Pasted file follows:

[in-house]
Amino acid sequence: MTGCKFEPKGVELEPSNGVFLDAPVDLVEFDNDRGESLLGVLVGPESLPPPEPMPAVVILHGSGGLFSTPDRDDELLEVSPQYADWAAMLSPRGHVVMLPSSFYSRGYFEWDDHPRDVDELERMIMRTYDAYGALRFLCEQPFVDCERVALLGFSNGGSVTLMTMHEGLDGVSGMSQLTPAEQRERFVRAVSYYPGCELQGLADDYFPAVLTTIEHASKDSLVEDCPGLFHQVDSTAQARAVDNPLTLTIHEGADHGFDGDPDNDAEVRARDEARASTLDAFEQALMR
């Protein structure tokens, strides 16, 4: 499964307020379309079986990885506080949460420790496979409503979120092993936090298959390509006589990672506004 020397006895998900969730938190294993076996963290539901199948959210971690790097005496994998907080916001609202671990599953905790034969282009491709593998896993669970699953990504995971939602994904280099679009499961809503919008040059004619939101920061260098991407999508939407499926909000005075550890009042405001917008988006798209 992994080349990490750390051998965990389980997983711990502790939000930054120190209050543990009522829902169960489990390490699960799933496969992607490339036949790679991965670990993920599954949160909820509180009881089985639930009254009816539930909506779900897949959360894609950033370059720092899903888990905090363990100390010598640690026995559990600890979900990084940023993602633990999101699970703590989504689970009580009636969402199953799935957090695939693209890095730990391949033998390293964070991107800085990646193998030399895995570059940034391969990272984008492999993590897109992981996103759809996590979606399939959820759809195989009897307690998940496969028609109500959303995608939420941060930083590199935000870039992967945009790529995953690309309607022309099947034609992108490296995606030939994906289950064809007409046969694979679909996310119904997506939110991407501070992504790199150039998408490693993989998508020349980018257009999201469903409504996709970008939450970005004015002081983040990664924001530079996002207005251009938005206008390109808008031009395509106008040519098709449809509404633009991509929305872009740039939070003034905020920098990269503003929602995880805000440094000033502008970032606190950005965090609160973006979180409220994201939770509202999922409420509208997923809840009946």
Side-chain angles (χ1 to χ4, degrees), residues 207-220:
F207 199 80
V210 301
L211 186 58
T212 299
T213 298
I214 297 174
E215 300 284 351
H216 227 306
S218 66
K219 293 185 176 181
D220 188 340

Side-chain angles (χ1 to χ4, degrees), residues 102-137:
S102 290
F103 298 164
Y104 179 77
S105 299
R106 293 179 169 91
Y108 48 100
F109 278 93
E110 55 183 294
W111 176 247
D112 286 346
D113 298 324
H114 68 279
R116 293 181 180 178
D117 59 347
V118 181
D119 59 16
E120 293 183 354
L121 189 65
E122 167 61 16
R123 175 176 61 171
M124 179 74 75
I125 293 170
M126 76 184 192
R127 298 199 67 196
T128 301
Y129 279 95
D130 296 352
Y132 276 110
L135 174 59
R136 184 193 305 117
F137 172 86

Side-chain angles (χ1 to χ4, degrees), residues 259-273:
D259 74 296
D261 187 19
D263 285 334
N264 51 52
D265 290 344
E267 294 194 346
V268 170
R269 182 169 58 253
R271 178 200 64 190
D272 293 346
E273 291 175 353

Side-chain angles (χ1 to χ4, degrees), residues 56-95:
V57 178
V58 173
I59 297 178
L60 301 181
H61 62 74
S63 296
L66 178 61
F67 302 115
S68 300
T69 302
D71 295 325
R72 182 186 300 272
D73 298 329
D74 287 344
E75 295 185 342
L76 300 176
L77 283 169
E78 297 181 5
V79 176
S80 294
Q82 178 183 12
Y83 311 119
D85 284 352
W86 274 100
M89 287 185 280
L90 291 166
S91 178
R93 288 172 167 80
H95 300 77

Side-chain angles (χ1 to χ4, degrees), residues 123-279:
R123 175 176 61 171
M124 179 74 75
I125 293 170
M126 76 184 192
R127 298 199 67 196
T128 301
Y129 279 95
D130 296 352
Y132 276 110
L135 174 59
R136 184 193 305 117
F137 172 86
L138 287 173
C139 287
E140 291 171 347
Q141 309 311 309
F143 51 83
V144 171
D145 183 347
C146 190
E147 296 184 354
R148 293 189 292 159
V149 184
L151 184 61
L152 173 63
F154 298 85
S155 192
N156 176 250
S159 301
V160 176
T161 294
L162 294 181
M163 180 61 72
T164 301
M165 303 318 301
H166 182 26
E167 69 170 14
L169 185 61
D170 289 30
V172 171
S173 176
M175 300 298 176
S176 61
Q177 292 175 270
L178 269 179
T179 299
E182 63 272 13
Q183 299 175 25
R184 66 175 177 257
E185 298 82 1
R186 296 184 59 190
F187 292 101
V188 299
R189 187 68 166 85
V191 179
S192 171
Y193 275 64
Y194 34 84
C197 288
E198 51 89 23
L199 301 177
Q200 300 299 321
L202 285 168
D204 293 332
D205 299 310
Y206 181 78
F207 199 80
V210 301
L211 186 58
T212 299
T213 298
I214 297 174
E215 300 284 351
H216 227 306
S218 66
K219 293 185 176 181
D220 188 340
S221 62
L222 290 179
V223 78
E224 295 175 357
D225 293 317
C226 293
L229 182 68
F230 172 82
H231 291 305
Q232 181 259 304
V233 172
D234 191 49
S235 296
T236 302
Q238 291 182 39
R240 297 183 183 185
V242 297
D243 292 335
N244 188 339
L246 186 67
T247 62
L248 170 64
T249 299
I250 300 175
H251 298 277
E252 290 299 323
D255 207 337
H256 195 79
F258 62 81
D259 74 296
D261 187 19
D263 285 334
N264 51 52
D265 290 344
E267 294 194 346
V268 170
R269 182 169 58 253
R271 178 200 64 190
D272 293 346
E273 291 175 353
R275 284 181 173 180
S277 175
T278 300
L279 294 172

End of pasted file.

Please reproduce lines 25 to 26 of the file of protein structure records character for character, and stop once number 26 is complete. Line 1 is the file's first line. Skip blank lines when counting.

W111 176 247
D112 286 346